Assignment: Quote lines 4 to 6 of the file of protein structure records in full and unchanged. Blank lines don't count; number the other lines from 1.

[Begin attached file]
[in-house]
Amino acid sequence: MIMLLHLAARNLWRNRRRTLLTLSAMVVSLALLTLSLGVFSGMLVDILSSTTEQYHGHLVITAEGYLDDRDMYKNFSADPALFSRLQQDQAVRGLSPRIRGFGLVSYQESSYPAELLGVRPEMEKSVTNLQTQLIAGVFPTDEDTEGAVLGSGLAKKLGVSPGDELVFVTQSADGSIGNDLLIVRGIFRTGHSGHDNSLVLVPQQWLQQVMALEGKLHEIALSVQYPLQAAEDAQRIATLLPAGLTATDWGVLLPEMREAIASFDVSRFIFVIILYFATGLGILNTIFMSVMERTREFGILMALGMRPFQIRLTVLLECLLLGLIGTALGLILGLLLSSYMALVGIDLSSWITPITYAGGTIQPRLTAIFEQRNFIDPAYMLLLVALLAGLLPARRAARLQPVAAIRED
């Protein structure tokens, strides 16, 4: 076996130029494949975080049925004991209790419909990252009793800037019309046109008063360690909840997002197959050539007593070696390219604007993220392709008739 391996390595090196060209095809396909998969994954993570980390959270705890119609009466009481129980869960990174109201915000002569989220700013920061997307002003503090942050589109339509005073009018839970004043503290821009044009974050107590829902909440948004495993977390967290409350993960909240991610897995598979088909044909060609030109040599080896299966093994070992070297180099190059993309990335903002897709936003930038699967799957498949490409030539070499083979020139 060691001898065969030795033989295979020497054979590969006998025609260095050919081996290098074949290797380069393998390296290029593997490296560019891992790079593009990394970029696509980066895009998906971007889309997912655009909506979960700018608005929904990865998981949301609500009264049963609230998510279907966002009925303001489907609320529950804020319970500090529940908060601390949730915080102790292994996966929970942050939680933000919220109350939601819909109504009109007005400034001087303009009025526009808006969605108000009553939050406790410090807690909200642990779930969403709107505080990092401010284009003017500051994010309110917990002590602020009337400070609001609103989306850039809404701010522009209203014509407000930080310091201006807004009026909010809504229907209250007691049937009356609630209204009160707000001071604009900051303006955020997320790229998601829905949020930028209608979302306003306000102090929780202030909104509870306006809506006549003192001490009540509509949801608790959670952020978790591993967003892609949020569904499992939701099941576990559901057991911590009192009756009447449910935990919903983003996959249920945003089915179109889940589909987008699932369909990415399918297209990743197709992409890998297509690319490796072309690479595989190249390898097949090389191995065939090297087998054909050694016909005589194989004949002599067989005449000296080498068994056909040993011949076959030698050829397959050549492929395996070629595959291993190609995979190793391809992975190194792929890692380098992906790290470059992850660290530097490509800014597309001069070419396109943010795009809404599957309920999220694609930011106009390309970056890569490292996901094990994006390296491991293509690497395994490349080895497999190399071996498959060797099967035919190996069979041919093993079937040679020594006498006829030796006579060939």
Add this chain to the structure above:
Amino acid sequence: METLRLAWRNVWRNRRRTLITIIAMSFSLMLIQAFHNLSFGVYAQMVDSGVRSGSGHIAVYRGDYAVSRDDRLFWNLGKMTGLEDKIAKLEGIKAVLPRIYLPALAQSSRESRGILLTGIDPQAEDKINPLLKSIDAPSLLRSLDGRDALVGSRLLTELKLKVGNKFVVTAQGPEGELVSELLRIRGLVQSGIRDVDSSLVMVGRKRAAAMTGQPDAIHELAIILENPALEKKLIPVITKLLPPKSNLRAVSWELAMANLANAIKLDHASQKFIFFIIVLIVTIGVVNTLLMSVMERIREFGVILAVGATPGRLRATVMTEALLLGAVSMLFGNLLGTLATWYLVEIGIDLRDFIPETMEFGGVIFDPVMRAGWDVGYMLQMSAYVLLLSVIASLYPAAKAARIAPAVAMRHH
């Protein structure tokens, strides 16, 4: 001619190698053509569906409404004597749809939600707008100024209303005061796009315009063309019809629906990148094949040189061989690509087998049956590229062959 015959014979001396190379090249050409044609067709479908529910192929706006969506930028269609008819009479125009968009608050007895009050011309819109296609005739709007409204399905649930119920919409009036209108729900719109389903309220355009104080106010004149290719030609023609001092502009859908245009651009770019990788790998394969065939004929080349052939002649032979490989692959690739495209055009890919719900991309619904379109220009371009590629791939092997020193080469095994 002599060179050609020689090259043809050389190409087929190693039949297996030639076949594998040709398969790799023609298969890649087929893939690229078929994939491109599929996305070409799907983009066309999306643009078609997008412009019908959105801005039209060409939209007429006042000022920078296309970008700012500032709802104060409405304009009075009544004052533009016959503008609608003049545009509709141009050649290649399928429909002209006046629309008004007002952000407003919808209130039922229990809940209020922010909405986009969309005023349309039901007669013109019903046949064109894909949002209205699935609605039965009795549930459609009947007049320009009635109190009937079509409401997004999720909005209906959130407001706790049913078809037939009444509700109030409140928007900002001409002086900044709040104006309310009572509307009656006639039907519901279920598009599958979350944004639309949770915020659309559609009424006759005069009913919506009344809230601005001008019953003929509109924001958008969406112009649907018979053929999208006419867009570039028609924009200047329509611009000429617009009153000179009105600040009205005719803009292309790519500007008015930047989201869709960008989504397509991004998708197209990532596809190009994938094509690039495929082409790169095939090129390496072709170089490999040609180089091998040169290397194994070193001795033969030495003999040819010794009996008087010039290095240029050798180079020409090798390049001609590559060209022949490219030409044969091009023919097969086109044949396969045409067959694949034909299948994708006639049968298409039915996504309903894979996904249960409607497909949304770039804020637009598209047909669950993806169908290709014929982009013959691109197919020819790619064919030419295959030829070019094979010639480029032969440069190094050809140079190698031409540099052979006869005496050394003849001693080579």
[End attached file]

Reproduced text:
Add this chain to the structure above:
Amino acid sequence: METLRLAWRNVWRNRRRTLITIIAMSFSLMLIQAFHNLSFGVYAQMVDSGVRSGSGHIAVYRGDYAVSRDDRLFWNLGKMTGLEDKIAKLEGIKAVLPRIYLPALAQSSRESRGILLTGIDPQAEDKINPLLKSIDAPSLLRSLDGRDALVGSRLLTELKLKVGNKFVVTAQGPEGELVSELLRIRGLVQSGIRDVDSSLVMVGRKRAAAMTGQPDAIHELAIILENPALEKKLIPVITKLLPPKSNLRAVSWELAMANLANAIKLDHASQKFIFFIIVLIVTIGVVNTLLMSVMERIREFGVILAVGATPGRLRATVMTEALLLGAVSMLFGNLLGTLATWYLVEIGIDLRDFIPETMEFGGVIFDPVMRAGWDVGYMLQMSAYVLLLSVIASLYPAAKAARIAPAVAMRHH
């Protein structure tokens, strides 16, 4: 001619190698053509569906409404004597749809939600707008100024209303005061796009315009063309019809629906990148094949040189061989690509087998049956590229062959 015959014979001396190379090249050409044609067709479908529910192929706006969506930028269609008819009479125009968009608050007895009050011309819109296609005739709007409204399905649930119920919409009036209108729900719109389903309220355009104080106010004149290719030609023609001092502009859908245009651009770019990788790998394969065939004929080349052939002649032979490989692959690739495209055009890919719900991309619904379109220009371009590629791939092997020193080469095994 002599060179050609020689090259043809050389190409087929190693039949297996030639076949594998040709398969790799023609298969890649087929893939690229078929994939491109599929996305070409799907983009066309999306643009078609997008412009019908959105801005039209060409939209007429006042000022920078296309970008700012500032709802104060409405304009009075009544004052533009016959503008609608003049545009509709141009050649290649399928429909002209006046629309008004007002952000407003919808209130039922229990809940209020922010909405986009969309005023349309039901007669013109019903046949064109894909949002209205699935609605039965009795549930459609009947007049320009009635109190009937079509409401997004999720909005209906959130407001706790049913078809037939009444509700109030409140928007900002001409002086900044709040104006309310009572509307009656006639039907519901279920598009599958979350944004639309949770915020659309559609009424006759005069009913919506009344809230601005001008019953003929509109924001958008969406112009649907018979053929999208006419867009570039028609924009200047329509611009000429617009009153000179009105600040009205005719803009292309790519500007008015930047989201869709960008989504397509991004998708197209990532596809190009994938094509690039495929082409790169095939090129390496072709170089490999040609180089091998040169290397194994070193001795033969030495003999040819010794009996008087010039290095240029050798180079020409090798390049001609590559060209022949490219030409044969091009023919097969086109044949396969045409067959694949034909299948994708006639049968298409039915996504309903894979996904249960409607497909949304770039804020637009598209047909669950993806169908290709014929982009013959691109197919020819790619064919030419295959030829070019094979010639480029032969440069190094050809140079190698031409540099052979006869005496050394003849001693080579």